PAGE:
Lord Milton

said, he could not consider the question in any other light than as a grant of arrears, and as such he felt the strongest objection to it. He was also of opinion that the proceedings in this case had not been so regular as they ought to have been. The House at present was without any knowledge of the wishes of the Crown on this subject. They could not with propriety be referred back to a proceeding of a former parliament as a rule for their conduct on this occasion.

Mr. Curwen

said, he should like to know what had been done with the residue of the late king's money, as he saw no reason, if the duke of Clarence were in debt, that his debts should not be paid out of that fund.

Mr. Abercromby

observed, that the measures proposed in parliament with respect to the members of the royal family were generally of an unhappy character; but he knew of no instance in which less judgment had been shown than in the present. He had abstained from voting on many proposals for retrenchment made in the course of the session, because they turned mostly on mere matters of fact, on which he was not competent to decide, and on which, if he decided erroneously, he might do great injustice. But as this was a retrospective measure, he should not hesitate to vote for the amendment.

Mr. Williams

said, he could not subscribe to the argument, that a member of the royal family would be entitled to claim the arrears of a grant which had been refused for 20 years. If the Queen had chosen to retire into a private station, and to remain there for 10 or 20 years, he, for one, would not have consented to let her have the benefit of any grant which was intended for the support of her dignity in public life. Upon the same principle, if the duke of Clarence had refused to maintain the dignity of his station, he could not permit him to receive arrears of a grant which was made to enable him to do so.

Sir J. Graham

said, his royal highness had been anxious in 1818 to receive the money voted, but he was advised not to do so, by those who knew more of such matters than himself. If the House granted the arrears, the country would pay less than it would otherwise have done, by all the interest.

Mr. Denman

thought that the two cases, of her majesty when princess of Wales, and the duchess of Cumberland, were no precedents at all. The House was now called upon to act on the recommendation contained in a resolution of a former parliament. He could not conceive why the noble marquis had chosen to introduce the name of the Queen into this debate, unless for the purpose of forming a splendid contrast. If the House had acted towards her majesty as it was now proposed to act with respect to the duke of Clarence, they would have given her not only the arrears which were due to her from the period of the late king's death, but also the 90,000l. which she had given to the people since 1814. He thought the arrears ought not to be granted to the duke of Clarence; but if they were, it was clear that the same principle which gave his royal highness 18,000l. would give her majesty 90,000l.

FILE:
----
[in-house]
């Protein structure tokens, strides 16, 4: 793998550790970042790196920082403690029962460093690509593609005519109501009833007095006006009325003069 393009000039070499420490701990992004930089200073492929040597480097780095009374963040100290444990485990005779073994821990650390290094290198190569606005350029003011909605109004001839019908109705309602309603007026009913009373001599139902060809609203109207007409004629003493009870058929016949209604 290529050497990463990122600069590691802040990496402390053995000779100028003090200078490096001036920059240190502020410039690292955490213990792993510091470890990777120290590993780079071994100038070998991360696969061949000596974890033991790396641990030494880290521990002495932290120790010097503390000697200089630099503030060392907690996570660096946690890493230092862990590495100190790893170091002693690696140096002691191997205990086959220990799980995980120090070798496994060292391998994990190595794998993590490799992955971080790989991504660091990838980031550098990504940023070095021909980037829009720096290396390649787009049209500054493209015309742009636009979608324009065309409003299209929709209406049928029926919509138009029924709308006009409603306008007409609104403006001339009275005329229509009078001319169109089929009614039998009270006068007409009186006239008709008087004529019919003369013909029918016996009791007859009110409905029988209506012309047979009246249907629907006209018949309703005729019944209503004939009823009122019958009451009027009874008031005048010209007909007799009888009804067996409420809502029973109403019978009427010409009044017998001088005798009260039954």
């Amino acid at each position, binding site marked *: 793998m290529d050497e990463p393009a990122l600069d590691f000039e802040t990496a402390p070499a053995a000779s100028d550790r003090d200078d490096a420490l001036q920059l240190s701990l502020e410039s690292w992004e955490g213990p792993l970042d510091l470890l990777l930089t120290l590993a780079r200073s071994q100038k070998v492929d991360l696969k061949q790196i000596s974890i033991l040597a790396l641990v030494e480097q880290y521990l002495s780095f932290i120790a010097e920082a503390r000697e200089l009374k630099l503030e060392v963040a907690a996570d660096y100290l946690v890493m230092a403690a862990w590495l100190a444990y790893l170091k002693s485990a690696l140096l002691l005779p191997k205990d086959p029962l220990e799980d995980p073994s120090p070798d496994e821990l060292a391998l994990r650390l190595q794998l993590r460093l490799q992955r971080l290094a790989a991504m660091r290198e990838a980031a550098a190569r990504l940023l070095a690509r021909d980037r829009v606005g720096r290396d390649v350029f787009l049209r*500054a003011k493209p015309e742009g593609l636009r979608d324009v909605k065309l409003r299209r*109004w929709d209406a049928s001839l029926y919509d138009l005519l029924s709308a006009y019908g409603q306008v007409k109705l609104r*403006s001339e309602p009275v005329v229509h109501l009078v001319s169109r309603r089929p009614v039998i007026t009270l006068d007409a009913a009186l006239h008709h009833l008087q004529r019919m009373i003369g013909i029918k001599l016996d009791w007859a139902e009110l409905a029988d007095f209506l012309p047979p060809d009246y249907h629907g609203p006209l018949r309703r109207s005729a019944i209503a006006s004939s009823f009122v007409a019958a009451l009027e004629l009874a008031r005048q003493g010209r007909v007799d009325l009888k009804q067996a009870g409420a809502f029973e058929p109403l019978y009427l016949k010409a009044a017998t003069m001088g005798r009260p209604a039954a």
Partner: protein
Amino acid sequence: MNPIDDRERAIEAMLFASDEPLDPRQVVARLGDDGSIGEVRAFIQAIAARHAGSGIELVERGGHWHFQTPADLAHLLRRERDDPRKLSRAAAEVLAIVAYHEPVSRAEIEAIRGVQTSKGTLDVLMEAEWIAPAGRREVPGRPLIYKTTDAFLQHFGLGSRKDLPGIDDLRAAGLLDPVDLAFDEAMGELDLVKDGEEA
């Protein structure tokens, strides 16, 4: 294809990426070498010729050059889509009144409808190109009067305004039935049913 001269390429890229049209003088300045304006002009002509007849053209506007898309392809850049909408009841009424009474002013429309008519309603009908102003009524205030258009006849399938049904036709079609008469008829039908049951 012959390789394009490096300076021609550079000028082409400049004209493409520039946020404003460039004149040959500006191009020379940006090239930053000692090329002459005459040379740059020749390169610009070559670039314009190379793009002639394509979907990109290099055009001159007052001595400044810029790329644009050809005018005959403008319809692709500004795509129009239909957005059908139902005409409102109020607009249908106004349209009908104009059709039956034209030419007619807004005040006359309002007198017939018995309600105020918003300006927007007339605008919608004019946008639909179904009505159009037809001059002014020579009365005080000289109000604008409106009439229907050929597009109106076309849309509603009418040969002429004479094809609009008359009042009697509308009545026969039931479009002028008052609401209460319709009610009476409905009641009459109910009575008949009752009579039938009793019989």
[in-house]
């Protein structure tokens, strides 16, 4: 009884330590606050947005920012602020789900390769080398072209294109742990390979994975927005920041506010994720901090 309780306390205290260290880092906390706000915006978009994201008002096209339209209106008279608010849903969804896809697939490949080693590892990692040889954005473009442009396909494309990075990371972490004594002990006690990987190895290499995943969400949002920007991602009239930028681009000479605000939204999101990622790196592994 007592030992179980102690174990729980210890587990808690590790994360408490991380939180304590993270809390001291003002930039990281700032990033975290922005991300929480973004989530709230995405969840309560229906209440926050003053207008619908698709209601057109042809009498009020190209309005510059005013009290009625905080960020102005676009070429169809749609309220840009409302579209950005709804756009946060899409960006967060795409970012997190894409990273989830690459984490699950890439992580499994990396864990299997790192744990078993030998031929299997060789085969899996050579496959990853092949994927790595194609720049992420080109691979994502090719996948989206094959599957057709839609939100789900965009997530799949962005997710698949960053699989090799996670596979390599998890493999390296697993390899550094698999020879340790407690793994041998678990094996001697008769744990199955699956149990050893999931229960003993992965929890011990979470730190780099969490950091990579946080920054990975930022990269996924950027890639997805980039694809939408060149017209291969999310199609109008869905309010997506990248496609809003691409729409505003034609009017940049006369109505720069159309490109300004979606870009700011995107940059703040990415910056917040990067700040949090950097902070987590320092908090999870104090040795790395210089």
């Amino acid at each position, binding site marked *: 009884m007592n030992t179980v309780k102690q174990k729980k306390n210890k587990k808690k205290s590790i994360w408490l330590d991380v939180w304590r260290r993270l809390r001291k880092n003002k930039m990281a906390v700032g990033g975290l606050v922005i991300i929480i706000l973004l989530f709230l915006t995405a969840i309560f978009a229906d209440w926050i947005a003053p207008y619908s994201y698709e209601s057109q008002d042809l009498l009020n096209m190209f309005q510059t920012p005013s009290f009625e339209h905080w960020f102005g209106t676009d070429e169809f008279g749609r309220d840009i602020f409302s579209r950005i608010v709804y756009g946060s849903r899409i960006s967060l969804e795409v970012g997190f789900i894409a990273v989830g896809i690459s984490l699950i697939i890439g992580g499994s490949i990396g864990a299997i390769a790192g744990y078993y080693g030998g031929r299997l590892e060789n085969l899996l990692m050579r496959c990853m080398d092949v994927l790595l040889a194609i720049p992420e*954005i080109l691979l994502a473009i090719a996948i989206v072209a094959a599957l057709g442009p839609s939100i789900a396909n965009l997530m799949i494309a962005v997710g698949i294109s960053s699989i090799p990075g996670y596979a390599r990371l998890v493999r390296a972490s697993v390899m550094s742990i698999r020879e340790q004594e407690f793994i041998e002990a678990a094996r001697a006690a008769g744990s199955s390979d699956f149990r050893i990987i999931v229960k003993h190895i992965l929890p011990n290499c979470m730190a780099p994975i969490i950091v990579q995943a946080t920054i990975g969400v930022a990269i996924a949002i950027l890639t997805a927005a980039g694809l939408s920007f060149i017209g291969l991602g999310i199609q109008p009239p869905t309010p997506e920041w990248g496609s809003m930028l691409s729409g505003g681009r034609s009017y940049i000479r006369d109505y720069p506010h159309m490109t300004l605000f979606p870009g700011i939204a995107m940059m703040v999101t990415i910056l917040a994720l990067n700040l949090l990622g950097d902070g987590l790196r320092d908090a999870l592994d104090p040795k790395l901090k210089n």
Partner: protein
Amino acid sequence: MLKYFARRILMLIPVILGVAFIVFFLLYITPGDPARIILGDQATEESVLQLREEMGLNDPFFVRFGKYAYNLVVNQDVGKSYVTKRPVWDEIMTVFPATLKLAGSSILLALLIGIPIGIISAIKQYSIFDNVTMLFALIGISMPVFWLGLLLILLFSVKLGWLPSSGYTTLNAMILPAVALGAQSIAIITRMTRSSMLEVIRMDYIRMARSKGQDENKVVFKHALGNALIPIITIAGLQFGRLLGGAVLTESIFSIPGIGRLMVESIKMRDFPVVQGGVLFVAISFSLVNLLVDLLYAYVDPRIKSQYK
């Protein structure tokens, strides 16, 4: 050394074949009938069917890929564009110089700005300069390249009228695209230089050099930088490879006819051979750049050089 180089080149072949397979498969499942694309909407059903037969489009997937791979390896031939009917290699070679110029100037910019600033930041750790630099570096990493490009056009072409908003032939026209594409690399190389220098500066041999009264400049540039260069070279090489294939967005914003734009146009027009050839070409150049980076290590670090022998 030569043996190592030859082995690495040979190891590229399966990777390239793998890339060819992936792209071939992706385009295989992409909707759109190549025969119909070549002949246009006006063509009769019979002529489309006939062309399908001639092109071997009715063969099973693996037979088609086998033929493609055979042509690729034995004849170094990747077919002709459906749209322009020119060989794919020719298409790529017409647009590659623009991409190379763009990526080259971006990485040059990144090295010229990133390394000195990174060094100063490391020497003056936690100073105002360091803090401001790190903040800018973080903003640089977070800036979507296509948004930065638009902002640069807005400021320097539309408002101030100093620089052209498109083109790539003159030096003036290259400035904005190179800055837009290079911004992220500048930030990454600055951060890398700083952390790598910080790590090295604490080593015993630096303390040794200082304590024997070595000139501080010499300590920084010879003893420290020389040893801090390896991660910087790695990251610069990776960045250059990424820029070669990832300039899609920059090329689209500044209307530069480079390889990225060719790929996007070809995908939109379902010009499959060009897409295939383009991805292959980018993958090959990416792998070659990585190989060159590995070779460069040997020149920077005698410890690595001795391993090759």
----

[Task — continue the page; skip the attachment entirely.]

Mr. Alderman Wood

thought it fit the country should know, that although ministers had promised to provide her majesty with a house, with carriages, and with a service of plate, yet when she was paid the first instalment of the grant voted by parliament, 4,000l. was deducted for those articles. This was the liberality which ministers had displayed towards her majesty. Her majesty possessed a positive engagement, in the hand-writing of one of the ministers, to provide her with a house. She made choice of several, but none was given her, and she was finally obliged to procure one herself. In consequence of the expenses which her majesty had necessarily incurred, only 12,000l. remained out of 62,000l. which she had received in pursuance of the vote of parliament.

The House divided: For the Amendment, 81; Against it, 131. The original resolution was then agreed to.

List of the Minority.
Abercromby, hon. J. Fleming, John
Baring, H. Gordon, R.
Becher, W. W. Grattan, John
Benyon, B, Griffith, J. W.
Bury, visct. Guise, sir W.
Boughton, sir C. Gurney, H.
Bennett, John Gipps, G.
Butterworth, J. Gaskell, Ben.
Colburne, N. R. Harbord, hon. E.
Curwen, J. C. Hobhouse, J. C.
Creevey, T. Honywood, J. P.
Cooper, R. B. Hume, J.
Cherry, G. H. Haldimand, W,
Crawley, S. James, W.
Doveton, G. Keck, G. A. L.
Denison, W. J. Lennard, T. B.
Denman, T. Lockhart, J. J.
Dundas, T. Lister, B. L.
Drake, W. T. Langston, J. H.
Dugdale, D. S. Macdonald, Jas.
Duncannon, visct. Martin, J.
Ebrington, visct. Milbank, M.
Evans, Wm. Milton, vict.
Ellis, hon. G. A. Monck, J. B.
Fergusson, sir R. C. Moore, P.
Fitzgerald, lord Maxwell, J.
Folkestone, lord Noel, sir G.
Forbes, C. Ord, W.
Fane, John Palmer, C. F.
Ricardo, D. Tavistock, marq of
Robinson, sir G. Townshend, lord C.
Rumbold, C. Webbe, Ed.
Rice, T. S. Wester, C. C.
Rickford, W. Wharton, J.
Smith, G. Whitbread, S.
Smith, S. Wood, alderman
Smith, A. Wells, John
Smith, J. Williams, W.
Smith, W. TELLERS.
Sefton, earl of Bernal, R.
Sykes, D. Bennet, hon. H. G.
Sebright, sir J.